are several privileges of this kind in existence, as may be seen in 
H & S. iii. 238 ff. The oldest, and that which has stood for the type 
of its class, is the Privilege of Wihtred to the foundation in Kent, 
606-716 : though extant only in a late copy, it seems to retain genuine 
features of the original. 


Addit Chart. 19, 789. A.D. 759. 

K 105 (from Heming 24). 
B. ii. 2. 

Three Brothers 
Eanberht, Uhctred, Aldred, 

everyone of them a regulus, and apparently of the province of 
the Hwiccas, give to abbot Headda for pious uses, ten cassati 
aet Onnanforda. The place is unknown. 

f^ In nomine dni nri ihu xpi saluat[oris] nihil in- 
tulimus in hunc mundum uerum nee auferre quid pos- 
sumus idcireo terrenis ac caducis aeterna et caelestis 
patriae praemia mercanda sunt, quapropter: cum li- 
centia et pmissione piissimi regis offan merciorum. 
nos tres germani uno patre editi. eanberht atque 
uhctred necnon et aldred praetio redemptionis animae 
nostrae n ignorantes in futuro prodesse si quid xpi 
membris libenter impendiraus donauiraus tibi . headda 
a^. terram iuris nostri decern cassatorum. aet onnan- 
forda confiniae tamen eiusdem terrae : ab australi plaga 
uuisleag. ab occidente rindburna^ a septemtrionale meos- 
gelegeo, ab orient uero onnandun cum campis siluis pratis 
pascuis cum omnib : ad se ptinentibus. ut quidquid exinde 
agere uolueris liberam habeas arbitrium donandi in tuo 
sit potestate. numquam nos heredesque nostros ullo tem- 
pore : contra banc donationem ee uenturos quod si quis 
praesumserit in magno uel in modico inrumpere, sit se- 
paratus ab omni societate xptianorum et in examine : dis- 
tricti iustiq : iudicis praesumtionis suae poenam incurrat. 
ad cuius cumulum nihilominus firmitatis testes co- 

petente numero ut subscriberent rogauimus. et ipsi 
signum scae cruel s inpraeserunt. peracta est autem haee 


donatio in mense febr indictione xii*. anno uero ab in- 
carnatione xpi dcc''l° uiii[i]. et isti testes consenserunt : 

►J* ego offa rex mere huic donationi consensi et sub-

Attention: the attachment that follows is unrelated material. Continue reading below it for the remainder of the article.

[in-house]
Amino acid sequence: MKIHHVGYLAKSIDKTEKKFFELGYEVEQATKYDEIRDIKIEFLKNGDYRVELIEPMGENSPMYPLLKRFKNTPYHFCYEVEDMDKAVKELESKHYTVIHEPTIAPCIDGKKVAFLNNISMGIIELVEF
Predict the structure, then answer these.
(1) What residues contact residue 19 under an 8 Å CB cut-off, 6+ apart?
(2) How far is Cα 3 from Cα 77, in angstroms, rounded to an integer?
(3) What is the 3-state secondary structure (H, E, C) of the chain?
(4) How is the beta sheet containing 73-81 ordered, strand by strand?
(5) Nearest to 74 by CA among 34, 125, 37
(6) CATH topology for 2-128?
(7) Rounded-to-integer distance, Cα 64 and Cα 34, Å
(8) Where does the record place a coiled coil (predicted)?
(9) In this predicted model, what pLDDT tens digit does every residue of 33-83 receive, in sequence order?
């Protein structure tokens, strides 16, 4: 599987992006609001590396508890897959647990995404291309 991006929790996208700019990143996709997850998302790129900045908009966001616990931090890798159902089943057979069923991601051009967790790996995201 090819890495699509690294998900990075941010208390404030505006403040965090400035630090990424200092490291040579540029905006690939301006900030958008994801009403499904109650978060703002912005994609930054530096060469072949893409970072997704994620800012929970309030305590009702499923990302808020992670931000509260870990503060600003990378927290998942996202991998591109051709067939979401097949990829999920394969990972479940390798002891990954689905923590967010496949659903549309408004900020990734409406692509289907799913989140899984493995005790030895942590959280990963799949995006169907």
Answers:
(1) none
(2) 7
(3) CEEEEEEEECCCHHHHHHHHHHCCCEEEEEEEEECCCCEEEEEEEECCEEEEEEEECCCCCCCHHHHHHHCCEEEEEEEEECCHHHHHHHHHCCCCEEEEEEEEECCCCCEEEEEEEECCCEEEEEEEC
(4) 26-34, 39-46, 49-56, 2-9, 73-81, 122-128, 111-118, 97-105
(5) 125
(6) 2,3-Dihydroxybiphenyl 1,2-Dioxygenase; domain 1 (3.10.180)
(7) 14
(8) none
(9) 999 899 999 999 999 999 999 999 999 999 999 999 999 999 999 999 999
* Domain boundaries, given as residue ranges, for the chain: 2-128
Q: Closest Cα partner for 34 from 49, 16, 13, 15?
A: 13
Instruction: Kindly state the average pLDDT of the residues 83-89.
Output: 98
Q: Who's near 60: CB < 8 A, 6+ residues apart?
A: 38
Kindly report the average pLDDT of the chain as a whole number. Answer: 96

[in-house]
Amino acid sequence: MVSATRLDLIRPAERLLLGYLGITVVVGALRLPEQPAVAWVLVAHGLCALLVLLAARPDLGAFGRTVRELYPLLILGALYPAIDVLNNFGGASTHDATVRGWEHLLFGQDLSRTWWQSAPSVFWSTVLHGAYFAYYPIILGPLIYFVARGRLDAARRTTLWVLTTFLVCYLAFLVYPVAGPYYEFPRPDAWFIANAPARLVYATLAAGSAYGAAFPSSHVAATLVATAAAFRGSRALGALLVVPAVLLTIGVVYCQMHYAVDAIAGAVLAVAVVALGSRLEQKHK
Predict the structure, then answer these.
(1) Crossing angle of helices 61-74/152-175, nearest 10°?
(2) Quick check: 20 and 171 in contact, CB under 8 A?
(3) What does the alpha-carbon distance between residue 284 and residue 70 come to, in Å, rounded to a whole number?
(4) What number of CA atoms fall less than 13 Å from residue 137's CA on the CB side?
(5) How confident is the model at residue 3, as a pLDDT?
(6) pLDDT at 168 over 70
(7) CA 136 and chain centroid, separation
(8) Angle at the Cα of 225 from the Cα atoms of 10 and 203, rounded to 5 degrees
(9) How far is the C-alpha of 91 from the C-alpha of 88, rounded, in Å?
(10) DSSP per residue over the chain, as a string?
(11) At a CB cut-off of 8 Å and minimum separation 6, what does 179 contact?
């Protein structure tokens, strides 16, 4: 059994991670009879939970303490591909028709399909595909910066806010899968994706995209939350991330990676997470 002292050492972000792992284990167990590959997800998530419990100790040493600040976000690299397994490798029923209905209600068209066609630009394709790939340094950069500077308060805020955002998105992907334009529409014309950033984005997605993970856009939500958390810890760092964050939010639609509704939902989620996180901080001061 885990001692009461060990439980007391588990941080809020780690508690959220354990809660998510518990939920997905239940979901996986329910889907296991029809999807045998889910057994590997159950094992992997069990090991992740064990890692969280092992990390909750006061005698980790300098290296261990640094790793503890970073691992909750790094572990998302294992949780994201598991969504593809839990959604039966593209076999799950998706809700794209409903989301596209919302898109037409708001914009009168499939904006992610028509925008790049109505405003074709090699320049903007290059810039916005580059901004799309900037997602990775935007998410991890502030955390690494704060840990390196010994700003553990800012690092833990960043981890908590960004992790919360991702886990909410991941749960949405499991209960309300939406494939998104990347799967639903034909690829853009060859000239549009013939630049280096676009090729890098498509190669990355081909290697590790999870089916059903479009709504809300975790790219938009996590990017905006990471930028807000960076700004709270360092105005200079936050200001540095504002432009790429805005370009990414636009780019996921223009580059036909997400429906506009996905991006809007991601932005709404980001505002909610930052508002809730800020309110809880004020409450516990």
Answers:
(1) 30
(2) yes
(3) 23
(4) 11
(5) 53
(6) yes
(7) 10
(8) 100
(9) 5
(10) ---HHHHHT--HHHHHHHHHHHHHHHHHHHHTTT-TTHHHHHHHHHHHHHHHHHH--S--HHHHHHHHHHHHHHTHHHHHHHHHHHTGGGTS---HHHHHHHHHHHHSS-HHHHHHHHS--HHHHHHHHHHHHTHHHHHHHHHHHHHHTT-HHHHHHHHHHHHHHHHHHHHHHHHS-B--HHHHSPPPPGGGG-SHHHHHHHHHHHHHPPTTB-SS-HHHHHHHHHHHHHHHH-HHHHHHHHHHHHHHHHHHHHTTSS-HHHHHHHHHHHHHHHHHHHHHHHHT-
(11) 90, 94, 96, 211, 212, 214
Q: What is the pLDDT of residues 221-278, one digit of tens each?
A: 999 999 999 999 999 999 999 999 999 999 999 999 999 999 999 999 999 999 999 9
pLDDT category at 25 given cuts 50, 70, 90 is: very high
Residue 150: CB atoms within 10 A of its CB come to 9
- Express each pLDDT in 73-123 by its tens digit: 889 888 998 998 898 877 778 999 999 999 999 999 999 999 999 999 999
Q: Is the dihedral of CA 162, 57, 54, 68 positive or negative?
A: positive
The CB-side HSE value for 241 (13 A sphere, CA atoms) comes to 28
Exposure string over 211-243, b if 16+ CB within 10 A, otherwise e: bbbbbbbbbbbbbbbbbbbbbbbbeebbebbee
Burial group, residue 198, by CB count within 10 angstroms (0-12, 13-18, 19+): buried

>J< ego eanberht regulus osensi et sub. 

\^ ego uhctred regulus osensi et sub. 

>I< ego aldred regulus osensi et sub. 

\^ ego milred episcop osensi et sub. 

>J< ego tilhere abbas osensi et sub. 

>J< ego cusa abbas osensi et sub. 

»J< sig manus . . acan 

»J< sig manus dilran 

>J< sig manus bobban 

>J< sig manus bynnan 

>J< sig manus berhtuuald 

»J< sig manus tilberbti abb ; 

*** Written in round characters of the semi-uncial Irish type. B. 

In the Codex Dipl. this record is printed from Heming*s Chartulary, 
which was compiled in the eleventh century : but since Mr. Kemble's 
time the original has been found, and, notwithstanding two or three 
discrepancies, it affords a valuable testimony to the accuracy of Heming. 
Heming's most important defect is that he does not give all the 
signatures j and these, in the present case, throw light on the persons 
of the grantors. 

Cott. Aug. ii. 26, 27. A.D. 764. 

K:116. B.i. 9. 


king of the Mercians, made an exchange of lands with abbot 
Stidberht. This is dated 764. At the close of the century 
this deed was owned by Pilheard, and he exhibited it before 
kingCoenulf in synod atCealchythe, and it was there confirmed. 
The handwriting of the first deed is very Irish : — that of the 
second, though rather more Saxon, has strong Irish features. 


Both are among the facsimiles of Kemble. Here we see